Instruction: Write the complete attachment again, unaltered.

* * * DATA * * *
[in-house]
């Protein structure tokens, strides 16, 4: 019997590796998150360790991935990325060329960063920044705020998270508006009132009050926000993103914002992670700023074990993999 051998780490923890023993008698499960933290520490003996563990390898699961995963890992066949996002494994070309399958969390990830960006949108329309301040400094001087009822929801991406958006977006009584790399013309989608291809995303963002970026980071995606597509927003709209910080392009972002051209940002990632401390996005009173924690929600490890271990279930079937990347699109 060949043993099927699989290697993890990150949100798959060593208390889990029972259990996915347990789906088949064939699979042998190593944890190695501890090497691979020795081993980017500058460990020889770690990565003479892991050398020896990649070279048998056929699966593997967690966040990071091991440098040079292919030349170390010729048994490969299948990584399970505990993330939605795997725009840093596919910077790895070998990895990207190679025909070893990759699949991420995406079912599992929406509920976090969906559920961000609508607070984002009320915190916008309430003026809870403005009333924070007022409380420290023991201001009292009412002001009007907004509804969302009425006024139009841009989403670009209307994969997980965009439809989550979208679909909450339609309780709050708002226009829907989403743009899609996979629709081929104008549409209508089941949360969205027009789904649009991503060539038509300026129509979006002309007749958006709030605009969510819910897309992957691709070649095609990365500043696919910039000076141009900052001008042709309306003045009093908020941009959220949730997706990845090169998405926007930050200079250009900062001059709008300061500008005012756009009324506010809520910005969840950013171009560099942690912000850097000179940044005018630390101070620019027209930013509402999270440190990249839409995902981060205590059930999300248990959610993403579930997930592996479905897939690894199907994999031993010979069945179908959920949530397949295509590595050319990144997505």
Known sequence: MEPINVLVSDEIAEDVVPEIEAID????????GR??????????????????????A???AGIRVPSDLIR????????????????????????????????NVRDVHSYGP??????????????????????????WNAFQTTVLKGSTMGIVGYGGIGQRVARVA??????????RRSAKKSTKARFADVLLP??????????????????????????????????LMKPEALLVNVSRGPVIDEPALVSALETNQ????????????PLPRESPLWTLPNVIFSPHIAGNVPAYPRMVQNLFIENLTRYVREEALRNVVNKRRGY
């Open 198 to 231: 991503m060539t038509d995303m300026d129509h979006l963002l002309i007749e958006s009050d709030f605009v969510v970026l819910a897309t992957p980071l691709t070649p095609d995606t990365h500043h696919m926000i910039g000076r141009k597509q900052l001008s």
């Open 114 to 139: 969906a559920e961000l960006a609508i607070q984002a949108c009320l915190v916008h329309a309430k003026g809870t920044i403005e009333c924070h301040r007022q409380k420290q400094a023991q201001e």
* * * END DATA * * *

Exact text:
[in-house]
């Protein structure tokens, strides 16, 4: 019997590796998150360790991935990325060329960063920044705020998270508006009132009050926000993103914002992670700023074990993999 051998780490923890023993008698499960933290520490003996563990390898699961995963890992066949996002494994070309399958969390990830960006949108329309301040400094001087009822929801991406958006977006009584790399013309989608291809995303963002970026980071995606597509927003709209910080392009972002051209940002990632401390996005009173924690929600490890271990279930079937990347699109 060949043993099927699989290697993890990150949100798959060593208390889990029972259990996915347990789906088949064939699979042998190593944890190695501890090497691979020795081993980017500058460990020889770690990565003479892991050398020896990649070279048998056929699966593997967690966040990071091991440098040079292919030349170390010729048994490969299948990584399970505990993330939605795997725009840093596919910077790895070998990895990207190679025909070893990759699949991420995406079912599992929406509920976090969906559920961000609508607070984002009320915190916008309430003026809870403005009333924070007022409380420290023991201001009292009412002001009007907004509804969302009425006024139009841009989403670009209307994969997980965009439809989550979208679909909450339609309780709050708002226009829907989403743009899609996979629709081929104008549409209508089941949360969205027009789904649009991503060539038509300026129509979006002309007749958006709030605009969510819910897309992957691709070649095609990365500043696919910039000076141009900052001008042709309306003045009093908020941009959220949730997706990845090169998405926007930050200079250009900062001059709008300061500008005012756009009324506010809520910005969840950013171009560099942690912000850097000179940044005018630390101070620019027209930013509402999270440190990249839409995902981060205590059930999300248990959610993403579930997930592996479905897939690894199907994999031993010979069945179908959920949530397949295509590595050319990144997505």
Known sequence: MEPINVLVSDEIAEDVVPEIEAID????????GR??????????????????????A???AGIRVPSDLIR????????????????????????????????NVRDVHSYGP??????????????????????????WNAFQTTVLKGSTMGIVGYGGIGQRVARVA??????????RRSAKKSTKARFADVLLP??????????????????????????????????LMKPEALLVNVSRGPVIDEPALVSALETNQ????????????PLPRESPLWTLPNVIFSPHIAGNVPAYPRMVQNLFIENLTRYVREEALRNVVNKRRGY
């Open 198 to 231: 991503m060539t038509d995303m300026d129509h979006l963002l002309i007749e958006s009050d709030f605009v969510v970026l819910a897309t992957p980071l691709t070649p095609d995606t990365h500043h696919m926000i910039g000076r141009k597509q900052l001008s």
């Open 114 to 139: 969906a559920e961000l960006a609508i607070q984002a949108c009320l915190v916008h329309a309430k003026g809870t920044i403005e009333c924070h301040r007022q409380k420290q400094a023991q201001e």